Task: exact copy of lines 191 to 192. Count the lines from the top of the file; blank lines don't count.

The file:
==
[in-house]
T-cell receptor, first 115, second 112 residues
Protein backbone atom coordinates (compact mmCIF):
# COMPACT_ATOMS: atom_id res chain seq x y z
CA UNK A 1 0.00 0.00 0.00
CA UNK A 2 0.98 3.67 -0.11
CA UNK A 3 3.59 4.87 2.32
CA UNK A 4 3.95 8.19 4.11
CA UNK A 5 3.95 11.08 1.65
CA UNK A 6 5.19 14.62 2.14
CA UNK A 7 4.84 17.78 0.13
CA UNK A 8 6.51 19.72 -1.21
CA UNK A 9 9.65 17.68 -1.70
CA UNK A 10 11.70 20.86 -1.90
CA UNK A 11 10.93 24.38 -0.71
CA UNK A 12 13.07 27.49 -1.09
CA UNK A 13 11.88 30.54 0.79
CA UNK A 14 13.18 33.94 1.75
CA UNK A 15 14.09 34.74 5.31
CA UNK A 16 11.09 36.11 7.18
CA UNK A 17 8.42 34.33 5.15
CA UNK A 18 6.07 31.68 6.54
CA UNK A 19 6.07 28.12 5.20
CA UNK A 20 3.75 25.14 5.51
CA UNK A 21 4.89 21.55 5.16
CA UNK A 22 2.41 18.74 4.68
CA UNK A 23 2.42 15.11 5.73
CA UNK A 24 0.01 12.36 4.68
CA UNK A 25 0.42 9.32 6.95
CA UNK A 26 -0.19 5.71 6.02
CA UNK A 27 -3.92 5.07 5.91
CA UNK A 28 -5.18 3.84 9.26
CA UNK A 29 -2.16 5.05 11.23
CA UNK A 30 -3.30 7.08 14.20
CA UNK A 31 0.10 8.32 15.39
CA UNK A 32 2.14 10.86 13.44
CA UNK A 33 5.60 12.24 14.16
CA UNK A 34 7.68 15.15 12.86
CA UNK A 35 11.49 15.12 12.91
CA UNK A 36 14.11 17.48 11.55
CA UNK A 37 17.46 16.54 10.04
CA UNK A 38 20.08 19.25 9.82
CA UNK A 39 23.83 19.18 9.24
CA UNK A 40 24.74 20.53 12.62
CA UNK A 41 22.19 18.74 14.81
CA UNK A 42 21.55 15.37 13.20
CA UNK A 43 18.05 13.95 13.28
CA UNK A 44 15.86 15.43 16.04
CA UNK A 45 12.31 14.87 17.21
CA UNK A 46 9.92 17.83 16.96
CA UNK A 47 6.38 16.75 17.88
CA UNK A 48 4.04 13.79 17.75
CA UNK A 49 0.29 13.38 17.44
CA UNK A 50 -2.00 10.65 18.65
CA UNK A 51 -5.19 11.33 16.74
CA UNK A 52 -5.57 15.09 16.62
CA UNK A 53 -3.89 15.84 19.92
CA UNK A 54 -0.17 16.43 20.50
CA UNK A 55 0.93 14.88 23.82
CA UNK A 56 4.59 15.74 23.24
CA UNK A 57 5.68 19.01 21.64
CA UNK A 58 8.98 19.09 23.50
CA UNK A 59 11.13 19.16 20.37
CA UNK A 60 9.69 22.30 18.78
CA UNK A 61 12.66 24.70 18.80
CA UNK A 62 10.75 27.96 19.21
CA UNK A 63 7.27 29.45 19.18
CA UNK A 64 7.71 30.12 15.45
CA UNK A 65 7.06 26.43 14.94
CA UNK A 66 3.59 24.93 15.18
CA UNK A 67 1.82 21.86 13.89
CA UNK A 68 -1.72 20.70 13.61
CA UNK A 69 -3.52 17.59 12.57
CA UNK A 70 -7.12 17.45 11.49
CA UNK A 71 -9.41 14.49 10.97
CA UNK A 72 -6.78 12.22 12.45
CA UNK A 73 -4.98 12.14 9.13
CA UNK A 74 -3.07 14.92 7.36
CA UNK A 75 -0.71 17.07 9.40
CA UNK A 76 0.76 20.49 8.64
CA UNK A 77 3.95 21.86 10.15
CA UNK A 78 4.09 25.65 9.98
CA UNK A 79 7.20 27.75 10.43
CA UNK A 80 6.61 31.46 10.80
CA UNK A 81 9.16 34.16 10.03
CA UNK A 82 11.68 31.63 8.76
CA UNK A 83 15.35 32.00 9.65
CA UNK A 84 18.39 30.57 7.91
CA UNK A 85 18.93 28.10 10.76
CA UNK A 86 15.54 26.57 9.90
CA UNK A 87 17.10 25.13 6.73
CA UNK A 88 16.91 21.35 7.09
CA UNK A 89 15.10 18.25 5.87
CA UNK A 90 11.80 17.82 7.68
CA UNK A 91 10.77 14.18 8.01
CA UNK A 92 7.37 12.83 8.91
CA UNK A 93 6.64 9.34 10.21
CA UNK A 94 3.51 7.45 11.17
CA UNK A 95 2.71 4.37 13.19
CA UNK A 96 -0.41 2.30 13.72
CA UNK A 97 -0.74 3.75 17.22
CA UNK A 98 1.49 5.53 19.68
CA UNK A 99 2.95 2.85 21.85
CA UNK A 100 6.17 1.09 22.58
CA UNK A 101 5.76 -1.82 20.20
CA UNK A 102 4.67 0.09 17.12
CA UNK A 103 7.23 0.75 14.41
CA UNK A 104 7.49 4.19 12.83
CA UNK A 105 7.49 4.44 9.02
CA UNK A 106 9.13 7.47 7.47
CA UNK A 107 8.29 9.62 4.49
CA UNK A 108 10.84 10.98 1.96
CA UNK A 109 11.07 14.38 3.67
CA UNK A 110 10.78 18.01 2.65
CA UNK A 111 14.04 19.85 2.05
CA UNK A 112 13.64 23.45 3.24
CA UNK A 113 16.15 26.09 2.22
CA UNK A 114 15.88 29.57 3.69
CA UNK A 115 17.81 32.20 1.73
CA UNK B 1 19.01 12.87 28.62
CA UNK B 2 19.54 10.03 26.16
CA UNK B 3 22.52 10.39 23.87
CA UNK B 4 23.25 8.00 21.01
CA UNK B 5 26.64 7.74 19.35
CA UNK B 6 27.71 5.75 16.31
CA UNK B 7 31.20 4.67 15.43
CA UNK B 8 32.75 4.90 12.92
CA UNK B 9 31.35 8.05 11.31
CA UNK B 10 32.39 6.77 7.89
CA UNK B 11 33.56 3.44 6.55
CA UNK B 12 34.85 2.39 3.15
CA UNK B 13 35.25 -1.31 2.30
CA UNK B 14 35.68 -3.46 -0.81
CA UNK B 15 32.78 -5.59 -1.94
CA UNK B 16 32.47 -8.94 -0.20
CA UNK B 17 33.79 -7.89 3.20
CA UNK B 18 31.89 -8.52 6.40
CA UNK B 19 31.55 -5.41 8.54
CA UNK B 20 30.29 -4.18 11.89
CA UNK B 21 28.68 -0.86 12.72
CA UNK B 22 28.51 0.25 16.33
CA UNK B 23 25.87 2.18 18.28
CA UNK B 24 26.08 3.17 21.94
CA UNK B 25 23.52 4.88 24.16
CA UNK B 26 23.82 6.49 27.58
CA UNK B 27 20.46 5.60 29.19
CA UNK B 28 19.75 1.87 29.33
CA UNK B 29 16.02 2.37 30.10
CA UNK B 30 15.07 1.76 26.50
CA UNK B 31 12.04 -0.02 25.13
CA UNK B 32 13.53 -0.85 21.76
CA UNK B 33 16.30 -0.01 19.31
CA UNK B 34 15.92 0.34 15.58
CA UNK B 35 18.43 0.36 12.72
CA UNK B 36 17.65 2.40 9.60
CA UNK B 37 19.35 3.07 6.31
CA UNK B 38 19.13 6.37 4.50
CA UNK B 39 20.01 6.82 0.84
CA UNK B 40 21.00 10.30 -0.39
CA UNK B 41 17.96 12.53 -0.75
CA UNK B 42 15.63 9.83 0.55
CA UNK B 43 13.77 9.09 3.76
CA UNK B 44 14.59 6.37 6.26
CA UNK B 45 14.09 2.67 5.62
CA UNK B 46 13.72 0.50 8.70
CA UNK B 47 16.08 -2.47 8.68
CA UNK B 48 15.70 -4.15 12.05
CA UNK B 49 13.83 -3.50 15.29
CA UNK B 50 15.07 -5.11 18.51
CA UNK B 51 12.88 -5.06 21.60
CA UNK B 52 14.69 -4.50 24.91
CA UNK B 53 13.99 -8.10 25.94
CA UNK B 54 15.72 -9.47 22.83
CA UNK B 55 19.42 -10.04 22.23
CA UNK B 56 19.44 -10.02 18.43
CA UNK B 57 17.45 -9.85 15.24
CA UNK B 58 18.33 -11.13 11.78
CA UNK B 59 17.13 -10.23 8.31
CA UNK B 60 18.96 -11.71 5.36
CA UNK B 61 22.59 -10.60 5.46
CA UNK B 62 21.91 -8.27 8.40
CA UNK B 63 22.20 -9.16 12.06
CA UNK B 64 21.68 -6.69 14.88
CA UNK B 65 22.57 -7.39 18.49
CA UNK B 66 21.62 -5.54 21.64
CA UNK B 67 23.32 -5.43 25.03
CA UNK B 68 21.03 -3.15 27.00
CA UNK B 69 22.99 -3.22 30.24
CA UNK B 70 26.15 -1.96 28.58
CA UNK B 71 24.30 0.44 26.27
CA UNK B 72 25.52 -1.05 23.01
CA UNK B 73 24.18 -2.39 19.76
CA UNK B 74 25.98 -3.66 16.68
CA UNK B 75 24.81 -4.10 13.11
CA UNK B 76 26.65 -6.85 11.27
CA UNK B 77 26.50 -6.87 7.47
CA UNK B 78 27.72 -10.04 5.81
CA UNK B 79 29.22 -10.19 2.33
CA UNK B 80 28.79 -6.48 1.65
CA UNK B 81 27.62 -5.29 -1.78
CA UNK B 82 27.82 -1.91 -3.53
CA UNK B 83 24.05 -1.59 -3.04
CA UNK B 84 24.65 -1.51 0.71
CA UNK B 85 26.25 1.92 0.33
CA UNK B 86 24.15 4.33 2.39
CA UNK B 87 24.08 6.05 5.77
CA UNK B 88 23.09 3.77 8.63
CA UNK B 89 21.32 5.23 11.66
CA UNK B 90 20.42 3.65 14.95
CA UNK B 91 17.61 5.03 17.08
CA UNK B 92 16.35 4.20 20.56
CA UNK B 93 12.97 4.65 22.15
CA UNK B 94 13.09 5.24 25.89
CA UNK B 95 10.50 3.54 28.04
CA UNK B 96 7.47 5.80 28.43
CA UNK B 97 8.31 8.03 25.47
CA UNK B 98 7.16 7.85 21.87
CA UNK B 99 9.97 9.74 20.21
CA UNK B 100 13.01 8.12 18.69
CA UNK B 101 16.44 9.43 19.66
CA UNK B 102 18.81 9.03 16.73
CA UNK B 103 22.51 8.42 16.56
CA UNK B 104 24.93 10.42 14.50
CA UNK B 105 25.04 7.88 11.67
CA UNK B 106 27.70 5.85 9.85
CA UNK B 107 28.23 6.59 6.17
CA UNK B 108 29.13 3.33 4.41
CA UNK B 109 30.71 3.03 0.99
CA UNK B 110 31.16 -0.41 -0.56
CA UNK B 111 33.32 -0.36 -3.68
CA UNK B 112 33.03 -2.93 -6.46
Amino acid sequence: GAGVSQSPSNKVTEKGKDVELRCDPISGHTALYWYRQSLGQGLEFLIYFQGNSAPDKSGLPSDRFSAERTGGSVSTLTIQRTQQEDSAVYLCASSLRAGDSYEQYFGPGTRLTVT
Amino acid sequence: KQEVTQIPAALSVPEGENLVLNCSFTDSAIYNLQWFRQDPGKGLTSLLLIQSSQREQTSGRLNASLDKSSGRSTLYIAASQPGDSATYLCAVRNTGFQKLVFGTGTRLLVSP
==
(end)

CA UNK B 72 25.52 -1.05 23.01
CA UNK B 73 24.18 -2.39 19.76